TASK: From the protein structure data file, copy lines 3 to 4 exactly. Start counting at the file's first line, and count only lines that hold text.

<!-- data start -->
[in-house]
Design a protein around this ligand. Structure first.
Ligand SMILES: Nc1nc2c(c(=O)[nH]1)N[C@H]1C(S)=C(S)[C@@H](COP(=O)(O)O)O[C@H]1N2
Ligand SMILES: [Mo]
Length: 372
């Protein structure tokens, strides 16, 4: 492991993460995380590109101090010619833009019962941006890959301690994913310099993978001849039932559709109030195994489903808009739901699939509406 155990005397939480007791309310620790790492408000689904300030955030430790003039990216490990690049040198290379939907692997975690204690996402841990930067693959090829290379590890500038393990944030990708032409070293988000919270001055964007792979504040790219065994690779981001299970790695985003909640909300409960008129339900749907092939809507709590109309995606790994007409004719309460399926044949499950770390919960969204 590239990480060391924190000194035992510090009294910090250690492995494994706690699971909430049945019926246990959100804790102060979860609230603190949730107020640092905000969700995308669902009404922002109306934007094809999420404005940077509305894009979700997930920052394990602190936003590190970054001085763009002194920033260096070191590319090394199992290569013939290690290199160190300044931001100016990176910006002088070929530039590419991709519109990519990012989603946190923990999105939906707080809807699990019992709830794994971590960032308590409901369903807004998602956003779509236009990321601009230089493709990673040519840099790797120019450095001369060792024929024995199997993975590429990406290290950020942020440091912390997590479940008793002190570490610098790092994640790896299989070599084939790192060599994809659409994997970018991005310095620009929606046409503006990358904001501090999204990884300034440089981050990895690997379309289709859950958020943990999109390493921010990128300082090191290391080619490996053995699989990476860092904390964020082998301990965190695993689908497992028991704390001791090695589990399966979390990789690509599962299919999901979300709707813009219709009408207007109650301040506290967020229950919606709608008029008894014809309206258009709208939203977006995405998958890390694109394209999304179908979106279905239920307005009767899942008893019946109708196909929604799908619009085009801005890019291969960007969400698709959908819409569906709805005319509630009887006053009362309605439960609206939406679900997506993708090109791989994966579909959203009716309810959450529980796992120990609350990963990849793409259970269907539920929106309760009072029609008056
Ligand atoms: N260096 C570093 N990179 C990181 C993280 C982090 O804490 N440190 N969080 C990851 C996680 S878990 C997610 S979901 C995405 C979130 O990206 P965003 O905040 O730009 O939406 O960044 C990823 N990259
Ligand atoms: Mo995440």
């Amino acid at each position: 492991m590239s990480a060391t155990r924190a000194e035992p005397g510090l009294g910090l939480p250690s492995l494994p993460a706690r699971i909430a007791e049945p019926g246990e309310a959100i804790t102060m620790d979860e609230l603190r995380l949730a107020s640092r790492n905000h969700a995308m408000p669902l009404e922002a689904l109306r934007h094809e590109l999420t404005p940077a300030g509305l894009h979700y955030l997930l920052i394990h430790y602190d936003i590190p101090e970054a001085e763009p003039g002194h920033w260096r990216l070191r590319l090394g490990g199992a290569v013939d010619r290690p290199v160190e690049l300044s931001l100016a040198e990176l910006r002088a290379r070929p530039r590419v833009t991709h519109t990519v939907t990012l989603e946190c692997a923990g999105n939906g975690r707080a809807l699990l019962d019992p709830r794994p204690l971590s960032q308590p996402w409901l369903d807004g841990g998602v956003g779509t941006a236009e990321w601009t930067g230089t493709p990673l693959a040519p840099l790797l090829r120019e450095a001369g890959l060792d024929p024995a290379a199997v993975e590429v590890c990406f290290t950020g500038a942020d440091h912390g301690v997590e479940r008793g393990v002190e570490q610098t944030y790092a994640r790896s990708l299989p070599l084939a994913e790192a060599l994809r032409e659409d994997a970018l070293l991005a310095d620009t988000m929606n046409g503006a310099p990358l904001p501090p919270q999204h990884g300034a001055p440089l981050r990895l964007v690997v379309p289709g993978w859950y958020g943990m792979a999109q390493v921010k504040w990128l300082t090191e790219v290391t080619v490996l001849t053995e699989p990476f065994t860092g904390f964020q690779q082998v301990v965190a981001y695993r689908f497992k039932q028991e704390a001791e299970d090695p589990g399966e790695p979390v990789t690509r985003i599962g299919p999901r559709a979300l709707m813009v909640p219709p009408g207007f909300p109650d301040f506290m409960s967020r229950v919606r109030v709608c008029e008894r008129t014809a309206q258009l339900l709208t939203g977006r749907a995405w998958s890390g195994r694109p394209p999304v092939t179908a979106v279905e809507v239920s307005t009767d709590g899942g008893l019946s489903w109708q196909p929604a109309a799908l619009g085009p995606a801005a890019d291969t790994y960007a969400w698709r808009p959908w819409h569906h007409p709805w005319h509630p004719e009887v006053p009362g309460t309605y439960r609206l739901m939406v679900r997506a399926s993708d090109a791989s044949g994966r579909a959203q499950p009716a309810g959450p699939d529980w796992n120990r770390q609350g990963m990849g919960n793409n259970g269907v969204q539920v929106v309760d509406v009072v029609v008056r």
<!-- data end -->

Ligand SMILES: Nc1nc2c(c(=O)[nH]1)N[C@H]1C(S)=C(S)[C@@H](COP(=O)(O)O)O[C@H]1N2
Ligand SMILES: [Mo]